Maybe you know a female-led charity that could use some cash for its cause. We work with hundreds of organizations benefiting women, including Single Mothers Outreach and Walnut Avenue Family & Women's Center.
Would you like to provide resources for girls? You can donate a car to the Girl Scouts and invest in the leaders of tomorrow. And it’s very, very simple. Pick up your phone and either donate on our website or give us a call at 855-520-2100.
Let Cash Benefit Women
If it’s not time for an upgrade, or you don’t plan to “go green” with a new hybrid, you can make cash donations to female-centered charities as well.
And there are other uses for your money that promote women’s causes. When was the last time you went to hear a female music act? And there are almost always films in theatres with largely female cast members.
If you like movies created from comic book characters, check out “Wonder Woman” and the newest “Captain Marvel.” They are pushing the narrative of female super powers through media exposure.
On the nonfiction side of things, there are also a few TV specials and movies about “the notorious RBG” (Ruth Bader Ginsberg). She’s an inspiration to so many. In a country that’s more than 200 years old there have only been four female justices on the Supreme Court: currently, that’s RBG, Sonia Sotomayor and Elena Kagan. The first justice, who served from 1981 to 2005, was Sandra Day O’Connor.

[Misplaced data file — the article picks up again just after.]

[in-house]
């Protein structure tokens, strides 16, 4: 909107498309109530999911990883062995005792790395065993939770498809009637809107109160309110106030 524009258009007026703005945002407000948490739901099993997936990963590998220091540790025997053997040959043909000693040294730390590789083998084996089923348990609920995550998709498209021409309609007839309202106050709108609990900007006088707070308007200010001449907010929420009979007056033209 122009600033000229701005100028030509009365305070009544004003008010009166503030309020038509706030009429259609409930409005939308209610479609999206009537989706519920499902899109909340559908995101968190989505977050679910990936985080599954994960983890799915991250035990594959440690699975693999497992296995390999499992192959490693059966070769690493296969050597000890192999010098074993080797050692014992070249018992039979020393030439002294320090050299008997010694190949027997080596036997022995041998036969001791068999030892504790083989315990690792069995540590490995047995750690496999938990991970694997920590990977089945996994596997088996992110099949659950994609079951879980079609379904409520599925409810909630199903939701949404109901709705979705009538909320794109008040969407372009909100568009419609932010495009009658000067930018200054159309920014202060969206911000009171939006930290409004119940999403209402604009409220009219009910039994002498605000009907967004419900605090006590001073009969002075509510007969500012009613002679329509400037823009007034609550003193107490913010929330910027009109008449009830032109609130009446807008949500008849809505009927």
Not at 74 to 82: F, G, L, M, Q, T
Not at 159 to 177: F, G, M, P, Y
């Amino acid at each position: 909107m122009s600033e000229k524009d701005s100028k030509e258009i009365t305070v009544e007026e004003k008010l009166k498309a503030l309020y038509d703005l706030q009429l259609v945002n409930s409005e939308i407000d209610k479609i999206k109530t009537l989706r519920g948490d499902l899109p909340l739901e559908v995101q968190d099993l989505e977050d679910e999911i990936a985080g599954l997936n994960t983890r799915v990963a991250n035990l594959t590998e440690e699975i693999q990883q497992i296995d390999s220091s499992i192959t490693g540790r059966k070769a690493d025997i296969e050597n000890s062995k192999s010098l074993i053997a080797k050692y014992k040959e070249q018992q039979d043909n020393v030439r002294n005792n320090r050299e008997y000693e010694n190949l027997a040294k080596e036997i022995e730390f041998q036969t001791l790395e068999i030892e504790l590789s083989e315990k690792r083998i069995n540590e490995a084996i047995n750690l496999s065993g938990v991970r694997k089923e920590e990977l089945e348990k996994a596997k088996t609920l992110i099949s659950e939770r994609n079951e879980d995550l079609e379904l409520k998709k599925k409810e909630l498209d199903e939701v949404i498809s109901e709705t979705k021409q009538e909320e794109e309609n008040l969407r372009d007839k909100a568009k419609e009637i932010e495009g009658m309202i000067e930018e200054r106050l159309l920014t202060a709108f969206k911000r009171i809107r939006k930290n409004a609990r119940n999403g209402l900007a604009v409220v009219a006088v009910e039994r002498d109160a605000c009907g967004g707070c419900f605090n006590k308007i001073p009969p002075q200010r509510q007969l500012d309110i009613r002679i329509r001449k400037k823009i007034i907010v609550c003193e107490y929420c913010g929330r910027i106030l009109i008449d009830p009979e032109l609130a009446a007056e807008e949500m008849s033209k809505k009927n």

If you love comedy, you can support female comediennes by seeing their shows when their tour brings them near you. Of course, comics like Amy Schumer and Sarah Silverman can sell out Madison Square Garden, and Ellen DeGeneres tours every few years, which you can catch on Netflix. But there are other lesser-known talents who are right behind them. Tig Notaro, Wanda Sykes and Margaret Cho are examples of successful women in the business.
For live theatre, check your town’s stage shows. When plays like “Steel Magnolias,” “Little Women” and “Auntie Mame” are in production, get a ticket to support them.
There are many ways to draw attention to both the plight of women and celebrate their many victories this month. International Women’s Day brings with it the synergy of worldwide recognition, which tends to multiply the benefits.